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Motor Neuron Sufferer in UK Given Computer Voice

Harry Potter author JK Rowling invests in motor neuron disease research center. Harry Potter author JK Rowling invests in motor neuron disease research center.

A 41-year-old father with motor neuron disease (MND), who is losing his ability to speak, will be given a computer voice with a British Yorkshire accent for the first time.

Jason Liversidge, from Scarborough in North Yorkshire, is part of a new project which gives MND sufferers technology with an accented voice.

Experts used recordings of Liversidge’s voice from a speech he gave at his sister’s wedding, plus those of Yorkshire men who have donated their voices, including Jason’s best friend, Phil White.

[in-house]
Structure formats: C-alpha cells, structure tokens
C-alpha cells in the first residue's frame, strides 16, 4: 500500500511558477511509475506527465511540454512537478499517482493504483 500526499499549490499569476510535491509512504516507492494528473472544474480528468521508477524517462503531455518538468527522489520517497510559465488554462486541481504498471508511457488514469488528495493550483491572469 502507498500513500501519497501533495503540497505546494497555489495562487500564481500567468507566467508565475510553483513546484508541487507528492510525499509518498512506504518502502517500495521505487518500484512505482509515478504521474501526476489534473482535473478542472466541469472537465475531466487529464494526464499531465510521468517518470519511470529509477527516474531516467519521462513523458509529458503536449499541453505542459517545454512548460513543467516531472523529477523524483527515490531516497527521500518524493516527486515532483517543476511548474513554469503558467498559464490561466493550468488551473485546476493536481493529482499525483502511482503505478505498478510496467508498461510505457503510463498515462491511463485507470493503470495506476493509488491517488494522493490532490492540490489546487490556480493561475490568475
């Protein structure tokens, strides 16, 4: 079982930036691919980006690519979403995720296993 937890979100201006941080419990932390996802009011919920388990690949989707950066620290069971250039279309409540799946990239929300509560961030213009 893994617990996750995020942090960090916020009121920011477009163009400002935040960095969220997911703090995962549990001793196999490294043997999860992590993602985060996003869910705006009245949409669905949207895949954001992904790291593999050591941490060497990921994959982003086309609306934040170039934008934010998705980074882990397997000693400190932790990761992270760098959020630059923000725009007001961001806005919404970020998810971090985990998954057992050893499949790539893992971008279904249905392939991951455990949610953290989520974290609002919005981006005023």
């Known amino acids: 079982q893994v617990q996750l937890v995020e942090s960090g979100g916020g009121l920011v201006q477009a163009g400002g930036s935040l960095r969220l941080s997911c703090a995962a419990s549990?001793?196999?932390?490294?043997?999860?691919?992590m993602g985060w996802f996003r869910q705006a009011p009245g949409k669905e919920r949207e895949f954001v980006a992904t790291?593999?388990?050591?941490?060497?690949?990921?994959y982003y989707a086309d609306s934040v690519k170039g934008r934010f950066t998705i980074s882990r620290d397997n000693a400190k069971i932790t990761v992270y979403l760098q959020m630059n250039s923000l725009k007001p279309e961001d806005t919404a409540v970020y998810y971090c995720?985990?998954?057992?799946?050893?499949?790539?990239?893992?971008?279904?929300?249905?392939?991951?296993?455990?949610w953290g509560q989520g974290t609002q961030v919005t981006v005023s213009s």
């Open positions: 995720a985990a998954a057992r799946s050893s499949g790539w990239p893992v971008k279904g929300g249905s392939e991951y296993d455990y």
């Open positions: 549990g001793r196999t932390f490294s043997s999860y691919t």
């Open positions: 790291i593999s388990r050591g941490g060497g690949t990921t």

Donor voices were needed because Liversidge’s speech is already slurred.

The sufferer said he hopes the new computer-generated voice, which was developed at a center in Edinburgh funded by Harry Potter author JK Rowling, will enable him to keep communicating with his wife Liz and two children.

Speaking to British media, Liversidge added that the accented voice would allow him “to keep a form of identity”.

He said: “I just don’t want to be a programmed voice on a computer. But also for the kids and Liz, [I want them] to hear my voice rather [than] a computer one.”

Phillipa Rewaj, a speech and language therapist at the Anne Rowling Clinic, said: “Your voice is identifiable to other people as your face is. It’s very unique to you. So to be able to preserve that is really important for people.”

 

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